Tanzania striatus, Wesołowska & Azarkina & Russell-Smith, 2014

Wesołowska, Wanda, Azarkina, Galina N. & Russell-Smith, Anthony, 2014, Euophryine jumping spiders of the Afrotropical Region-new taxa and a checklist (Araneae: Salticidae: Euophryinae), Zootaxa 3789 (1), pp. 1-72: 45-47

publication ID

http://dx.doi.org/10.11646/zootaxa.3789.1

publication LSID

lsid:zoobank.org:pub:E59786FC-F821-4B2F-86AB-6C245E68ABE1

DOI

http://doi.org/10.5281/zenodo.4914259

persistent identifier

http://treatment.plazi.org/id/E32A8132-FFB3-FFD5-FF12-FAA5C4FFFCF4

treatment provided by

Felipe

scientific name

Tanzania striatus
status

sp. nov.

Tanzania striatus   sp. nov.

Figs 161–169 View FIGURES 161–169

Holotype: male, SOUTH AFRICA, Western Cape Province, Cape Town, Kirstenbosch Botanical Gardens , 33°59'S: 18°26'E, fynbos, leaf litter, 12 September 2008, leg. C. Uys ( NCA 2011 /892). GoogleMaps  

Paratype: SOUTH AFRICA, Western Cape Province, Cape Town, Table Mountain National Park , 33°58′S 18°25′E, fynbos, leaf litter, 1 female, 4 October 2008, leg. C. Uys ( NCA 2013 /2361) GoogleMaps   .

Diagnosis. The species is similar to T. parvulus   described above. The male may be recognized by the shape of the embolus, which is large, clearly wider and has a forked tip, the female has oval spermathecae (rounded in T. parvulus   ).

Etymology. The specific name is Latin for striped, referring to the abdominal pattern.

Description. Measurement (male/female). Cephalothorax: length 0.9/0.9, width 0.7/0.7, height 0.3/0.4. Abdomen: length 0.8/1.3, width 0.6/0.9. Eye field: length 0.3/0.4, anterior and posterior width 0.5/0.6.

Male. General appearance as in Figs 161, 162 View FIGURES 161–169 . Very small spider, only a little larger than T. parvulus   . Carapace moderately high, flat area extends half way the thorax, posterior slope steep. Eye field short, black; thoracic part dark yellow with wide median brown streak and dark margins, small irregular brownish marks on slopes. Hairs covering carapace brown and colourless, some long bristles near eyes, light hairs in vicinity of anterior eyes. Clypeus low, with single long protruding seta. Mouth parts yellowish, sternum yellow with brown marginal ring. Abdomen striped, with three brown streaks on yellow background ( Fig. 161 View FIGURES 161–169 ). Venter light, thin brown lines along sides of abdomen. Light hairs cover abdomen, among them some long brown bristles. Spinnerets blackish. Femora of legs yellow, other segments with brown rings. Leg hairs brown, spines lighter. Pedipalps orange, without tibial apophysis. Bulb oval, sperm duct meandering, embolus large, spirally twisted as in corkscrew, bifurcated at tip ( Figs 163–167 View FIGURES 161–169 ).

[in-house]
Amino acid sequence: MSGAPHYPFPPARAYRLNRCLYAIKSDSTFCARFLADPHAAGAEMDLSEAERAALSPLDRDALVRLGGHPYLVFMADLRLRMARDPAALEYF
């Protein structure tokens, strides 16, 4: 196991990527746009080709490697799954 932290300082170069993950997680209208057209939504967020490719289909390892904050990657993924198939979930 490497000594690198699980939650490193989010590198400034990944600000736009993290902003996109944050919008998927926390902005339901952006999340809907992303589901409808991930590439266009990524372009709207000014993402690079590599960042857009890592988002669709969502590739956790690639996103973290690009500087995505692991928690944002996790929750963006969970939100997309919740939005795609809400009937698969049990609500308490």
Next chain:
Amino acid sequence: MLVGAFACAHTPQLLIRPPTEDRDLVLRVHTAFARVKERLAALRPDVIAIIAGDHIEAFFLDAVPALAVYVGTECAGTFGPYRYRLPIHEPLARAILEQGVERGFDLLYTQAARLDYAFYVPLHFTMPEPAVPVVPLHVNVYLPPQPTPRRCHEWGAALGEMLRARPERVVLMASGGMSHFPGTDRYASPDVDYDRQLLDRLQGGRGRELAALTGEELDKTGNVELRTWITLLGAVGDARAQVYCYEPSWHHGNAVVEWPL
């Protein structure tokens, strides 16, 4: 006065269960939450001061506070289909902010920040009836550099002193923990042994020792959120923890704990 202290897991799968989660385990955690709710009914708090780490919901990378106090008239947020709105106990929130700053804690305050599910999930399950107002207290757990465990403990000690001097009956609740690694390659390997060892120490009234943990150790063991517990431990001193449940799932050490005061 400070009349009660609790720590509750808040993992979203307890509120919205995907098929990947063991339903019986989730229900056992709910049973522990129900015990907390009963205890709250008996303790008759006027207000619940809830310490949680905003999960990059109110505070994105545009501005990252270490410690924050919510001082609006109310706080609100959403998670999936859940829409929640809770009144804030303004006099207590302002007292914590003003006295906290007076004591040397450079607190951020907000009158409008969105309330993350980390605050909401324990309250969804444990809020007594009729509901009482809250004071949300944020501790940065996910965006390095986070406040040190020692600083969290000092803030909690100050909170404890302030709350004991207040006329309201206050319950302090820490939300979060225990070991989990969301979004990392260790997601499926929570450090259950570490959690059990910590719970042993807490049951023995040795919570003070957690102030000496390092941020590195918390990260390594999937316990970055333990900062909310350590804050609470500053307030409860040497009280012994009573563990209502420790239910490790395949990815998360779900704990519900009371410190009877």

Female. Coloration as in male. Eye field clothed in dense short grey hairs, anterior eyes surrounded by light scales. Legs yellow with black rings. Epigyne relatively large, with two rounded depressions ( Fig. 168 View FIGURES 161–169 ). Internal structure as in Fig. 169 View FIGURES 161–169 , seminal ducts short, spermathecae oval, accessory glands in walls of spermathecae.

Distribution. Known only from the type locality.

Genus Thyenula Simon, 1902  

Type species: Thyenula juvenca Simon, 1902  

Description. Medium sized to large spiders (length 4–11 mm), usually dark coloured with light markings on the abdomen. The tibial apophysis of the male palp is relatively long and tapering, in the majority of species with a series of minute teeth on inner margin near the tip. The embolus is coiled through 360° and the diameter of the embolic spiral is large, greater than half the width of the bulb, its plane parallel to the long axis of the bulb. The bulb has a proximal lobe in the majority of species. Males of some species have the patella and tibia of the first leg decorated with dense long hairs ventrally. In some cases, the retromarginal tooth of chelicerae has a distinctive shape, being elongated or very wide or bicuspid. The epigyne has enlarged shallow pits, occupying much of epigynal area. The seminal ducts are long, usually looped; the spermathecae are bean-shaped and two-chambered in some species. The sclerotized flanges encircling the epigynal pits form a pattern characteristic for each species.

Redescription of the type species is given in Wesołowska (2012).

Distribution. Species of the genus are known only from South Africa and Zimbabwe.

Kingdom

Animalia

Phylum

Arthropoda

Class

Arachnida

Order

Araneae

Family

Salticidae

Genus

Tanzania